But wait, there’s more. Hyundai is recalling about 20,000 Veloster vehicles in Canada and the US because of the risk of the sporty model spontaneously bursting into flames but without the religious and tribal benefits of the Mount Horeb bush. Safety warning: God got Moses to take off his thongs before looking at the burning brambles but you should remain fully clothed.

However, one of Australia’s true Renaissance persons, Jack Absalom (forget former PMs, just look at Jack’s bio), who died in his beloved Broken Hill last month, ­always said carry a slab in your car for safety reasons. “If the car catches fire you can use a beer can as a fire extinguisher.” Jack, if you’re reading this up there, I have faithfully followed your advice for 30 years and as a result have never had a fire in any of my cars.

The US government authority raised issues with high-speed stalls and non-collision fires with Hyundai in December, and last month NHTSA issued the recall.

NHTSA documents show more than 6 million vehicles since 2015 have been affected. This week, a Kia spokesman told Nine-Fairfax there had not been any instances of the engine fires witnessed in the US with Australian Kia models, and confirmed the ACCC had not contacted Kia regarding the issue.

The spokesman said the Theta II engine at risk of fire in the US models was primarily manufactured in the US, whereas the Theta II in Australian models was made in South Korea. Hmmm. That’s strange, because the official recall document (Part 573 Safety Recall Report 19V-204) cites “certain Model Year 2013 Hyundai Veloster vehicles equipped with 1.6 litre turbo engines produced (from April 26, 2012 to October 16, 2013 by Hyundai Motor Company at the Ulsan plant in the Republic of Korea”.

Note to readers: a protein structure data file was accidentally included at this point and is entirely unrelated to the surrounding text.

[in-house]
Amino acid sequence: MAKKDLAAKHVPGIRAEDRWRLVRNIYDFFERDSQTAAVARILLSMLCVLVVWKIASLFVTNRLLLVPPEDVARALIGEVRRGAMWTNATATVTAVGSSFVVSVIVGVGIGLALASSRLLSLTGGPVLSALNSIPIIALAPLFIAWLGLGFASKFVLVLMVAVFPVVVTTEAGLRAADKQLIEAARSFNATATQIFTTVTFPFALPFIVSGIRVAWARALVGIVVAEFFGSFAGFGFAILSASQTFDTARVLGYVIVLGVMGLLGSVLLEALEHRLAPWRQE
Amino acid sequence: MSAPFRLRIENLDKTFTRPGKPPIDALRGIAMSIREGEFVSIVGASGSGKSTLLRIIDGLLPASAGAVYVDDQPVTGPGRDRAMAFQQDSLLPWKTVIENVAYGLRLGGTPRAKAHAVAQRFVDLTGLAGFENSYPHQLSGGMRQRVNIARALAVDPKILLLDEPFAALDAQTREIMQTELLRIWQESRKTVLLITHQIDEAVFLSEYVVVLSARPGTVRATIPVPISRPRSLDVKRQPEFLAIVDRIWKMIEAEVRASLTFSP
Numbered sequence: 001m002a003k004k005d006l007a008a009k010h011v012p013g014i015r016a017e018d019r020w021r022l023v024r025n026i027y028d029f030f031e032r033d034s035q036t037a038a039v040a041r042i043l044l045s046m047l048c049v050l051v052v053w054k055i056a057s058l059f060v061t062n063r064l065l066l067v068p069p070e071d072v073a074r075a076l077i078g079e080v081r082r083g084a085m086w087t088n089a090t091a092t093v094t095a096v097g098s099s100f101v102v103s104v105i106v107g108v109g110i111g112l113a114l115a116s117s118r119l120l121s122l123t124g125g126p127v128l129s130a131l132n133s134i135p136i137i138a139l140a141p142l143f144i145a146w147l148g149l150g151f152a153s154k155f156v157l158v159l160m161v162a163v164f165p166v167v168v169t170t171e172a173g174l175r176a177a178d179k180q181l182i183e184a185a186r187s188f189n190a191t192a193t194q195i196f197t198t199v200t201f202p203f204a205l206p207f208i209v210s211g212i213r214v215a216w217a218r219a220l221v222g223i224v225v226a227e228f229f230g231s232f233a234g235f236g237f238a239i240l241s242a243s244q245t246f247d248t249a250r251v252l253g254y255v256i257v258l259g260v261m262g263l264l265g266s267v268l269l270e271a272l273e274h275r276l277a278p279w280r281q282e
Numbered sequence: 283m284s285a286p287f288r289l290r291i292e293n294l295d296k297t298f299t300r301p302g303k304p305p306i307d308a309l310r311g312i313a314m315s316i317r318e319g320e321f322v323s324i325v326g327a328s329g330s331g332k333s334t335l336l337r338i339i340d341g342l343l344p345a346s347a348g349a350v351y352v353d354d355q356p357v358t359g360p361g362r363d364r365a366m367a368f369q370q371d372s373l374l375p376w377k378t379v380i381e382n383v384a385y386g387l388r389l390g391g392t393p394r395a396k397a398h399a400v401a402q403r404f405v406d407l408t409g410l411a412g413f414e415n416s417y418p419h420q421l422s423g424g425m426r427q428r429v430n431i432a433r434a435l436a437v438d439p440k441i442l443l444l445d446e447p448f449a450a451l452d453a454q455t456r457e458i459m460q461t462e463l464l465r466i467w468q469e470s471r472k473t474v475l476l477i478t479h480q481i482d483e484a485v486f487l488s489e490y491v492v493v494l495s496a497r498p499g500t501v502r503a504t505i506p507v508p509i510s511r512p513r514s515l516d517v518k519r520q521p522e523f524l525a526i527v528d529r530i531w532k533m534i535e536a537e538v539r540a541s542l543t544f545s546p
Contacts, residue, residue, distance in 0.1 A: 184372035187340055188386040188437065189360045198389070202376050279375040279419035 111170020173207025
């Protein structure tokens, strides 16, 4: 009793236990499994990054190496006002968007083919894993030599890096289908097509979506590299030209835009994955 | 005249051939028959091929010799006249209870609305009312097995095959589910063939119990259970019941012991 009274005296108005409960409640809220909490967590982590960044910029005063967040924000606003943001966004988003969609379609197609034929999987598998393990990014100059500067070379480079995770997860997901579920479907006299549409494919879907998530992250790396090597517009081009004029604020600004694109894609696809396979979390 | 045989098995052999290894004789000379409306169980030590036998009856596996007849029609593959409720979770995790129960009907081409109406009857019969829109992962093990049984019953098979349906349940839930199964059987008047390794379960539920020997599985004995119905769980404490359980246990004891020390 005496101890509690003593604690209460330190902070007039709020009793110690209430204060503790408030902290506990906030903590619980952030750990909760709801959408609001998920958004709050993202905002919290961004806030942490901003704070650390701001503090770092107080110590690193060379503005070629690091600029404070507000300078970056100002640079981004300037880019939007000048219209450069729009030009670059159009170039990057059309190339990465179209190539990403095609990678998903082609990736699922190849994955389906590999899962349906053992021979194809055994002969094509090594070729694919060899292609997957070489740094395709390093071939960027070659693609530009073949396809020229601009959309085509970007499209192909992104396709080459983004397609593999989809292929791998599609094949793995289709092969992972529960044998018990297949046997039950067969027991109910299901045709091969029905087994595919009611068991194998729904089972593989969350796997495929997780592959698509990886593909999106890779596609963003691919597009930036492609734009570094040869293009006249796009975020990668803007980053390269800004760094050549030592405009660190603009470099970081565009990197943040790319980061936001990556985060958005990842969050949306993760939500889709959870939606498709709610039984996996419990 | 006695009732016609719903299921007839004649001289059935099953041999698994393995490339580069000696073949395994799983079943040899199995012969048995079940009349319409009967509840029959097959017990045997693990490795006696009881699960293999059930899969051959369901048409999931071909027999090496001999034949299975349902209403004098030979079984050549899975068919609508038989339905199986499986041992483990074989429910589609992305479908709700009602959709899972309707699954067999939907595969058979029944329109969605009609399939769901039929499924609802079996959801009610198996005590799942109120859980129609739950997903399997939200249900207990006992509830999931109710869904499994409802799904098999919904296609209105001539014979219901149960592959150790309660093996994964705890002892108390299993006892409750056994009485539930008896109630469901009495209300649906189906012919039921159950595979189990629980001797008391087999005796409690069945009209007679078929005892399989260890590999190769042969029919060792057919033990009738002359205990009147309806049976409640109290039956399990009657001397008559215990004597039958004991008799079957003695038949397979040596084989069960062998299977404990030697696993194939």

In November, US federal prosecutors launched a criminal investigation into Hyundai and Kia to determine if vehicle recalls linked to engine defects had been run properly and South Korean prosecutors are also ­investigating the automakers over the recalls, raiding their offices and summoning executives for questioning.

Have you heard about this from our protectors in the government? Of course not. As you know, it’s not limited to the Koreans. We have had emails from more than 100 readers on the Mazda CX-5 and some other Mazda models with engine fails and park brakes that don’t work.

The system works against consumers unless they are well off and can afford to take manufacturers to court. The ACCC is impotent on many of these issues. Consumer tribunals like VCAT are impotent in the face of manufacturers who, like Mazda, will use lawyers before and during the hearings (which they are not meant to do), and Range Rover, who will take complaining consumers to court. Governments don’t care and there is no effective consumer lobby.

Only a royal commission into the car retailing industry looking at all the pain points for owners, including servicing and the cost of parts, will get some results. All of the answers will include transparency and commission-ordered discovery of documents, which manufacturers can’t ignore as they do now.